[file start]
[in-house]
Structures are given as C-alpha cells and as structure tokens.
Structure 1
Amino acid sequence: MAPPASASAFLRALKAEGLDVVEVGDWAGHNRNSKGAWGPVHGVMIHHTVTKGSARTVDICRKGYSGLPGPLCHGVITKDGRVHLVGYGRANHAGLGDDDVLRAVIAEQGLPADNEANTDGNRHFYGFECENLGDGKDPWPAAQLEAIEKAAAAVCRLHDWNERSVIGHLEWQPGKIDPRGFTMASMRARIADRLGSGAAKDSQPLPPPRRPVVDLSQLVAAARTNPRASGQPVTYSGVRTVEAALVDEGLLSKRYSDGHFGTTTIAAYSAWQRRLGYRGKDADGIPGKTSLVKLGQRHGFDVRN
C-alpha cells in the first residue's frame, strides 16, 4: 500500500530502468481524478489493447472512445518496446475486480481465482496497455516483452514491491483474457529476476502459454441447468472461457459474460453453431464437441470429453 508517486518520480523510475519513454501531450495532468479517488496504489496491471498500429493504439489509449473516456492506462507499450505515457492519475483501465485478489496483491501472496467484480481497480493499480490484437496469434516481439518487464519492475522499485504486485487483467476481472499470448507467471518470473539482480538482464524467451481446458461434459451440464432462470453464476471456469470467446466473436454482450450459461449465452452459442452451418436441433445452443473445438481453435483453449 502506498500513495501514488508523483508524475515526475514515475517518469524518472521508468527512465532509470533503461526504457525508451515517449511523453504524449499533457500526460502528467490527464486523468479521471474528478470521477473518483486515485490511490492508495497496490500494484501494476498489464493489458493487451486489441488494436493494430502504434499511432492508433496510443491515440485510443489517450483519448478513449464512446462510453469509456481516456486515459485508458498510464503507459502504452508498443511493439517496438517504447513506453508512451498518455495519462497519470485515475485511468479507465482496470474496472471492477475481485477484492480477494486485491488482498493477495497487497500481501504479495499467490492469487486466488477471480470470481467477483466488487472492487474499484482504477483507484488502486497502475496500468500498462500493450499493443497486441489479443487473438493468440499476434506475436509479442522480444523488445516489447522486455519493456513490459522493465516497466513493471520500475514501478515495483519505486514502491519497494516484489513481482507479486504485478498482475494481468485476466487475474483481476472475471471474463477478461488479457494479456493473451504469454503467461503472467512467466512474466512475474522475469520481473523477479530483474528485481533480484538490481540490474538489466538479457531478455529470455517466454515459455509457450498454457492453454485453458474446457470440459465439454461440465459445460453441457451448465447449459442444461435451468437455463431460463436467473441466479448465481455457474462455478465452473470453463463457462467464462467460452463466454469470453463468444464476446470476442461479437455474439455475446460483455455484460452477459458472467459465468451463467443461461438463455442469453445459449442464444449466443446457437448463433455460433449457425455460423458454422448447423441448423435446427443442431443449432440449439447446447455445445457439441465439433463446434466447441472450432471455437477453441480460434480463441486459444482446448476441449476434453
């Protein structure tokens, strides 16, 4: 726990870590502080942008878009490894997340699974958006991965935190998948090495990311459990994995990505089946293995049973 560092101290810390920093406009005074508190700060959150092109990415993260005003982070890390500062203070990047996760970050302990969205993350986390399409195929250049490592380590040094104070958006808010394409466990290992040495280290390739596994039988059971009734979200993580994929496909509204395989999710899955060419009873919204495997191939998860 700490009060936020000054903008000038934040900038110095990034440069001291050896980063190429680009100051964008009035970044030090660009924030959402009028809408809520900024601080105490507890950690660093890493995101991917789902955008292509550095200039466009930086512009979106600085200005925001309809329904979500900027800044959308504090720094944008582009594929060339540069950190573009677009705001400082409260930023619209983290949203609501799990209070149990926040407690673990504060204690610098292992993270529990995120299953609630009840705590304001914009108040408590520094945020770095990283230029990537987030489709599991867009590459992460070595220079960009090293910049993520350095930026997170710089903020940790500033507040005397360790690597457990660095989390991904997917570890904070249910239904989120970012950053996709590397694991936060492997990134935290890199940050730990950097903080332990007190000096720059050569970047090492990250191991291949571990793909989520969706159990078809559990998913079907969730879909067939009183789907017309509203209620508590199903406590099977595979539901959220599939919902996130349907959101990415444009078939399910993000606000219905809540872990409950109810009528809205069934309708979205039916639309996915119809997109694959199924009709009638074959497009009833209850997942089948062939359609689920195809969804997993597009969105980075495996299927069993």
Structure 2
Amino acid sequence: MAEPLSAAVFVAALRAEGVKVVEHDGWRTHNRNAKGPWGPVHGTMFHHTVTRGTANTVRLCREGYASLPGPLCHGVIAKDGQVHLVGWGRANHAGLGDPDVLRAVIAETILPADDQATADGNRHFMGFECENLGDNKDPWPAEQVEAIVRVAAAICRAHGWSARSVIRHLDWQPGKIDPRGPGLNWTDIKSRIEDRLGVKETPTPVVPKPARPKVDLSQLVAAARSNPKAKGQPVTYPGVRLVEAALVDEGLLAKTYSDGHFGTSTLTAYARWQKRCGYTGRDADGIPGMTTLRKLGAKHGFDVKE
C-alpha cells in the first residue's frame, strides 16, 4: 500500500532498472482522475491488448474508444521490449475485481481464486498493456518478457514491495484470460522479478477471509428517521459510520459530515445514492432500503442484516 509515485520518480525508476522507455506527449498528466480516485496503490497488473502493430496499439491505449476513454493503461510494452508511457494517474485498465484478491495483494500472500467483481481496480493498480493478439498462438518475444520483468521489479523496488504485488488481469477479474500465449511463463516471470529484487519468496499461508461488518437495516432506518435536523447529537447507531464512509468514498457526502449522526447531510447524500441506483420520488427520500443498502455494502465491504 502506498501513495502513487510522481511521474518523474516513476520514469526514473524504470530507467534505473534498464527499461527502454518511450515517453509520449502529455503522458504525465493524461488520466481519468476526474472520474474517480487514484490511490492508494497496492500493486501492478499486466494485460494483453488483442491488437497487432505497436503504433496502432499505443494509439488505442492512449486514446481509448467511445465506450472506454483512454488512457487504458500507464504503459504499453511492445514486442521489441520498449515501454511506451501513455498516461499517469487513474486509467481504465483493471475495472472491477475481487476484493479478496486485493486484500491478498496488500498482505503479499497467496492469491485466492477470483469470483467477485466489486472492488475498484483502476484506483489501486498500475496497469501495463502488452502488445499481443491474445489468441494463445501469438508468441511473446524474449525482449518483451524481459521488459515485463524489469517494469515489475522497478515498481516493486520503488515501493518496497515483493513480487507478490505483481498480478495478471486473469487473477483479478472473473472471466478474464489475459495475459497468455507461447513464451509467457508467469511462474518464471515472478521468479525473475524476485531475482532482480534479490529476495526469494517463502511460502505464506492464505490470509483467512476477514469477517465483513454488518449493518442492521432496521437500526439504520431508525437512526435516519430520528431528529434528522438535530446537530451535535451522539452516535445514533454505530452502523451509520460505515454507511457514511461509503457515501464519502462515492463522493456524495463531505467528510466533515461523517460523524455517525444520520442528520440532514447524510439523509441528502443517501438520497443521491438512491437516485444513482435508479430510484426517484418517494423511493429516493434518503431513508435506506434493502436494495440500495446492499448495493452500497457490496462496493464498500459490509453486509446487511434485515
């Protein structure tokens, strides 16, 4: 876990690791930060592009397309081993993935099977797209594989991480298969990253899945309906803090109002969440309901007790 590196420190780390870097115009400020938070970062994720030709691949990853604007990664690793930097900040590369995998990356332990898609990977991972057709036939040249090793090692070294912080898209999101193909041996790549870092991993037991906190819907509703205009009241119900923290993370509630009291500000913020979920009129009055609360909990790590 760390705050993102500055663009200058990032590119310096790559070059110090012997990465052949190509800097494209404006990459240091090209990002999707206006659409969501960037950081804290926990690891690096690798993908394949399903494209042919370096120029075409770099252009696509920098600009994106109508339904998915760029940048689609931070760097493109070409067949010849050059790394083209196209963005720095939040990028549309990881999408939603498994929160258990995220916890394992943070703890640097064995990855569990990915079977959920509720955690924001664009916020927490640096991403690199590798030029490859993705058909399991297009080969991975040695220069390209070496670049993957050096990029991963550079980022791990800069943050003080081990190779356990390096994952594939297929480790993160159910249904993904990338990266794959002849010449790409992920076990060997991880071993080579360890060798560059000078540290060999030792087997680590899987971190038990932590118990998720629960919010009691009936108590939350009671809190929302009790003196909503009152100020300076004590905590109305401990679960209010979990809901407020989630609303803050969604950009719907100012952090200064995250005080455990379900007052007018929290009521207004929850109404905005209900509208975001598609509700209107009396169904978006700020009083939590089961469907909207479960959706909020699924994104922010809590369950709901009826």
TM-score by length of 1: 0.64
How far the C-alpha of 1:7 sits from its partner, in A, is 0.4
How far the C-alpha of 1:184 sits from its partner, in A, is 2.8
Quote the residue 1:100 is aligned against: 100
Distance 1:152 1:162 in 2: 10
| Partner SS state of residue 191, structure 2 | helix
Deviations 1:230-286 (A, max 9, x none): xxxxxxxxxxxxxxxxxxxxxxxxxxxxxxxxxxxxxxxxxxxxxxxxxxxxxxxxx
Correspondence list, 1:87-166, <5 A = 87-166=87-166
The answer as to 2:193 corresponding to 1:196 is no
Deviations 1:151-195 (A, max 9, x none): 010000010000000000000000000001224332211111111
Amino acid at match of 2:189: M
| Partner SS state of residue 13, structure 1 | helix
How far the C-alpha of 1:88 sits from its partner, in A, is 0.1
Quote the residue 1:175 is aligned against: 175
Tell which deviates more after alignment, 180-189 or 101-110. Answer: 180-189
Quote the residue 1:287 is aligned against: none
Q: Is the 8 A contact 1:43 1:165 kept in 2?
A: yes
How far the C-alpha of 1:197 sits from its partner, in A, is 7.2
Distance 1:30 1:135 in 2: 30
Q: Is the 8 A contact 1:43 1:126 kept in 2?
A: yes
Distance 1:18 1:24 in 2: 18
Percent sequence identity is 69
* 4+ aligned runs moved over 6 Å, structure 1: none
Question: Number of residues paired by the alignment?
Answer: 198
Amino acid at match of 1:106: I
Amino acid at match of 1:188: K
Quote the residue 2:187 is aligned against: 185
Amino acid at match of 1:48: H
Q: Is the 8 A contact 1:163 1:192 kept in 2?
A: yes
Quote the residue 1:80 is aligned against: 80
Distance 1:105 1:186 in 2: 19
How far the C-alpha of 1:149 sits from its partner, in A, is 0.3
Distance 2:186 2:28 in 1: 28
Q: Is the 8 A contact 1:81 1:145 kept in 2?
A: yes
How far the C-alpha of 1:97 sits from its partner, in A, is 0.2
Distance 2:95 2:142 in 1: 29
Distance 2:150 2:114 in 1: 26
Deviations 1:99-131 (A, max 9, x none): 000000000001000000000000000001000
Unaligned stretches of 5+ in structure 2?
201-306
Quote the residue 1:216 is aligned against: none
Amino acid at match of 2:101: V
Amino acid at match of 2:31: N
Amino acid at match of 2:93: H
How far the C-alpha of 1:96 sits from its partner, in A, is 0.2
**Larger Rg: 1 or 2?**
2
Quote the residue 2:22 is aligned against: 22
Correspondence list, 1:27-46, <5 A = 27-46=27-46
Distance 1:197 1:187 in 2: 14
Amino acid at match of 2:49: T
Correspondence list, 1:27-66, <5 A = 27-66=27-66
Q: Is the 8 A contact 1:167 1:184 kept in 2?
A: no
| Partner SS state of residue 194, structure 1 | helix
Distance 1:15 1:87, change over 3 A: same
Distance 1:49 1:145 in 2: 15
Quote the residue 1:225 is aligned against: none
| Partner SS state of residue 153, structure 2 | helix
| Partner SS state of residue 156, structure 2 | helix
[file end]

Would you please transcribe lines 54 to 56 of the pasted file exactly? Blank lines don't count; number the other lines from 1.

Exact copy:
Unaligned stretches of 5+ in structure 2?
201-306
Quote the residue 1:216 is aligned against: none